For me, one of the great delights of my life as a writer is learning new things every single day. For the past several months, I've been working on the 2013 Garden Club mystery, The Darling Dahlias and the Texas Star. Because the books are set in the 1930s, this involves a lot of research--and a lot of learning, some of which I've been photo-documenting via a Pinterest board.
Since this series is "cozy," foods and cooking are important, and of course there's a recipe section in the back of the book. Since the Dahlias are Southerners (the town of Darling is located in southern Alabama), the foods are regional. And since the action is set in the 1930s, the characters are cooking and eating 1930s food, both at home and in the local diner.
Well. southern food is pretty easy, as it turns out, and the information is easy to get. Witness the large number of hits you get when you google "southern food." And then of course there are the dozens of good Southern cookbooks. Hush puppies, grits, fried green tomatoes, red-eye gravy, buttermilk pie, stewed okra--there's no shortage of great regional foods for Lizzy, Verna, Myra May and the others to enjoy.
But while many foods are timeless (okra was first documented as a vegetable in Egypt in 1216), others are definitely rooted in history. In this case, in the U.S., in the 1930s. Vinegar pie, for example (I have my mom's recipe, clipped from a 1934 newspaper). And "Canned Sandwich Filling," from a 1932 cookbook, which begins this way: "At butchering time take the liver, kidneys, lights, melts, rinds from lard meat, cleaned, bony head pieces, etc. Cook until meat drops from bones..." Spam, anybody?
Let's cut to the chase. In the mystery I'm working on, the Dahlias are creating a party menu, and they would like to serve quiche. But wait! What about quiche? It's French, right? No, I remember seeing it--as a savory pudding--when I translated a 14th century English cookbook years ago. But what about 1930s Americans? Did they eat quiche? Was there a 1930s recipe for quiche?
Well, yes, there was. After a couple of hours of research, I think I've gotten to the bottom of this little culinary mystery. So far as I can tell, the first recipe for quiche, under the name of Cheese Custard Pie, appears in the very first edition (1931) of Irma Rombauer's Joy of Cooking. I'll write more about this wonderful book (I have the facsimile edition) later, in another post.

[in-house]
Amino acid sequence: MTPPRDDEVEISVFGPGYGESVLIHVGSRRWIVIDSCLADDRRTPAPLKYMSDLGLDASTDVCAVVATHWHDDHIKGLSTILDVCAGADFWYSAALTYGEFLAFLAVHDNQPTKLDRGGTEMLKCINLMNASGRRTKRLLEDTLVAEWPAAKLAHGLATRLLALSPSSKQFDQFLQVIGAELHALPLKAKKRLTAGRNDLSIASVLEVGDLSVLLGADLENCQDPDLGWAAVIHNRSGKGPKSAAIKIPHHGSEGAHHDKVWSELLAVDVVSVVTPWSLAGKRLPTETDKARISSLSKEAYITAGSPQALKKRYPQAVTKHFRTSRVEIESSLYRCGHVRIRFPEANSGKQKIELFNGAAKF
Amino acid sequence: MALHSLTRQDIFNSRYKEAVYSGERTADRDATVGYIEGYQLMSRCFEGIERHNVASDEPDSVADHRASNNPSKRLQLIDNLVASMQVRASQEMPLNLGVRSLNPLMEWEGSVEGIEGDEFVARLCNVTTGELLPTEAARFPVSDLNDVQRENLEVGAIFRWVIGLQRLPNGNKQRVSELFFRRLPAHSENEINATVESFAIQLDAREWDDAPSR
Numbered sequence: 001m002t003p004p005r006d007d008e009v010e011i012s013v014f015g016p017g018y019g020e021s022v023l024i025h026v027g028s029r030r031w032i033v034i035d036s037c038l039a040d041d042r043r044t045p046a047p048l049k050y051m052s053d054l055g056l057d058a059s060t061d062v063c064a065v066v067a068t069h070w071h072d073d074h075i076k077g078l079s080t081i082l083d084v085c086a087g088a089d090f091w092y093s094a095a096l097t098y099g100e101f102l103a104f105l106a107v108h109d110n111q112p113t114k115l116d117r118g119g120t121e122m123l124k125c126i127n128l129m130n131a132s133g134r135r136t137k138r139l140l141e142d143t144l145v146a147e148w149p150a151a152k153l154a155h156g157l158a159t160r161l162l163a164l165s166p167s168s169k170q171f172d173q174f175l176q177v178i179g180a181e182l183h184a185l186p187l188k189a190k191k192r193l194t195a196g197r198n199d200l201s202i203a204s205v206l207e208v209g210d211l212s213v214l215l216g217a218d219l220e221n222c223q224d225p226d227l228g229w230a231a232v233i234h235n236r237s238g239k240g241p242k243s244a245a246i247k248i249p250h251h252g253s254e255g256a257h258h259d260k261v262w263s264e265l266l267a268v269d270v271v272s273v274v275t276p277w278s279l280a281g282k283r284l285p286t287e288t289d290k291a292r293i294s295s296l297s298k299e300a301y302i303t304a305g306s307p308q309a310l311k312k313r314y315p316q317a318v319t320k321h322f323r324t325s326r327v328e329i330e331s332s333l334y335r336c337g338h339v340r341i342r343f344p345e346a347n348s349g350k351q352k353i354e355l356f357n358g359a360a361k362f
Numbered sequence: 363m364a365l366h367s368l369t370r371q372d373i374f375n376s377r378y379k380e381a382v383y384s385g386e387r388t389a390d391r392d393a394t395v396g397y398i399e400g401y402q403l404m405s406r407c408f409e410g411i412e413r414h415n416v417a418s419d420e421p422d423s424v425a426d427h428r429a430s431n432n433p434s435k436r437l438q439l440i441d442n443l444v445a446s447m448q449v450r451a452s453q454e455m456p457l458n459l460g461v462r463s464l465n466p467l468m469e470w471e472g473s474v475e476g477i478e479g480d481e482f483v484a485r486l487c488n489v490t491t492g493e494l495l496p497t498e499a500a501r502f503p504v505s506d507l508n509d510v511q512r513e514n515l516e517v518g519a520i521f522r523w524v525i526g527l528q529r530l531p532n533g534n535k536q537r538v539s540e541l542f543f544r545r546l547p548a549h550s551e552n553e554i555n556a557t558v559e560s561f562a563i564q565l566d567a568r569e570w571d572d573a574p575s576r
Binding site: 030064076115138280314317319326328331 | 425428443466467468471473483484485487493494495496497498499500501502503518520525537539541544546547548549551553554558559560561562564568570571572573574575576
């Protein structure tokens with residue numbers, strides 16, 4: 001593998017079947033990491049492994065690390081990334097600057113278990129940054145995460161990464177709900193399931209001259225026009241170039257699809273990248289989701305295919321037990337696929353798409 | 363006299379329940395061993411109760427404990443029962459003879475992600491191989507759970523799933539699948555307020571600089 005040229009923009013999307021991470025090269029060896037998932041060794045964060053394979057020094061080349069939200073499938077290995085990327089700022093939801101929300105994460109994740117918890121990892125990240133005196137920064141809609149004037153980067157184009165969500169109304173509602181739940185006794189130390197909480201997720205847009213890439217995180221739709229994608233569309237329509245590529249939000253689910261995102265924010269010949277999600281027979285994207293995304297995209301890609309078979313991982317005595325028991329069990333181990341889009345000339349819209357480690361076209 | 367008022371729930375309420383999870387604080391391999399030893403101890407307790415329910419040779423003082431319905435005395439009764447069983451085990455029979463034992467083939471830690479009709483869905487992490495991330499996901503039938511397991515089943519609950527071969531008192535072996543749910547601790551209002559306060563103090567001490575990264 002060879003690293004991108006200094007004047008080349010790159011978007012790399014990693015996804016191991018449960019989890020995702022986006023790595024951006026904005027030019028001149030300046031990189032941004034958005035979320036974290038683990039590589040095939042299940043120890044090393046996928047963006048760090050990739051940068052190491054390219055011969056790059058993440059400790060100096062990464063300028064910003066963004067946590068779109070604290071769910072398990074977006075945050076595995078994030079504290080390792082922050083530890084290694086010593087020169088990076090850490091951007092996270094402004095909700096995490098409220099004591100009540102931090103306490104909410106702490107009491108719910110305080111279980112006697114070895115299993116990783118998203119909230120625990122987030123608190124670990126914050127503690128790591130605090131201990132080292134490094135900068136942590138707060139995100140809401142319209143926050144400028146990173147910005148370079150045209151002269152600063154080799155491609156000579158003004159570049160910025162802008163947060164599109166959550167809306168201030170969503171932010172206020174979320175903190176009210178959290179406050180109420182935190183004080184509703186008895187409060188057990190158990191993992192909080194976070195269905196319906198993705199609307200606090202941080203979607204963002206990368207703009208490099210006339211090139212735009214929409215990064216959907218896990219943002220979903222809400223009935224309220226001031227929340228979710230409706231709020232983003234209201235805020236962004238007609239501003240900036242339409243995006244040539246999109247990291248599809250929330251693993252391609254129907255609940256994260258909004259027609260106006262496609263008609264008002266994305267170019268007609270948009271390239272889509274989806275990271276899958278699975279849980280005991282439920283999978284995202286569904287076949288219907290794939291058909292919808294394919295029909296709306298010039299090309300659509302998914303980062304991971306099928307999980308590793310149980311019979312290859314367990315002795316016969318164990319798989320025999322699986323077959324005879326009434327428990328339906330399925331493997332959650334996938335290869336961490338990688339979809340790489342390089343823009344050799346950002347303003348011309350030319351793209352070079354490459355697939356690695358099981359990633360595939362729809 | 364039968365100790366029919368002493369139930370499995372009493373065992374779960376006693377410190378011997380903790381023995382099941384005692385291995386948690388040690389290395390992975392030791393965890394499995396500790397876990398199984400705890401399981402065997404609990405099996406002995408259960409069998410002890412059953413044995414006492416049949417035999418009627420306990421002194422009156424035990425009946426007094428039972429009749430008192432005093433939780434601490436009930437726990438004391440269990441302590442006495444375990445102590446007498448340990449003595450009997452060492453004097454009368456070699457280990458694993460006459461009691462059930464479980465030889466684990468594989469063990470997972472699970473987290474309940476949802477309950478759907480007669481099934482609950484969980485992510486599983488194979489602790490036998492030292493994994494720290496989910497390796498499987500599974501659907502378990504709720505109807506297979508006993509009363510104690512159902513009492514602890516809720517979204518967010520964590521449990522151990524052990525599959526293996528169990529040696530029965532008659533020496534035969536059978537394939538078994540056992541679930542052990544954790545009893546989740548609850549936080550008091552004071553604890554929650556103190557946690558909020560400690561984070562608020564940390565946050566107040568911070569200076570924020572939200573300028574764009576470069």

But for now, let me just say that the Dahlias will indeed be serving quiche--or rather, Cheese Custard Pie--at Mildred Kilgore's party in The Darling Dahlias and the Texas Star. And if you happen to have the 1931 edition of Joy, you'll find Mrs. Rombauer's recipe for this dish on page 60. There, she tells a marvelous little story about the "vile tempered cook named Marguerite" that the Rombauers hired when they lived in Switzerland. Marguerite regularly served Cheese Custard Pie "in solitary state." Its flavor "varied with [her] moods and her supply of cheese" and was "never twice the same, as she had no written rule." Mrs. Rombauer's written rule is very simple: 3/4 cup top milk, 1 cup grated cheese, 2 eggs, salt, cayenne (a "few grains"), paprika. Sound familiar?
As I understand it, Irma Rombauer's 1931 recipe for what has become a weekend treat at our house is the first quiche recipe in an American cookbook. If you know of one that's earlier, please tell us. I would love to hear about it.
Reading note: Cook-books have always intrigued and seduced me. When I was still a dilettante in the kitchen they held my attention, even the dull ones, from cover to cover, the way crime and murder stories did.--The Alice B. Toklas Cook Book (1954)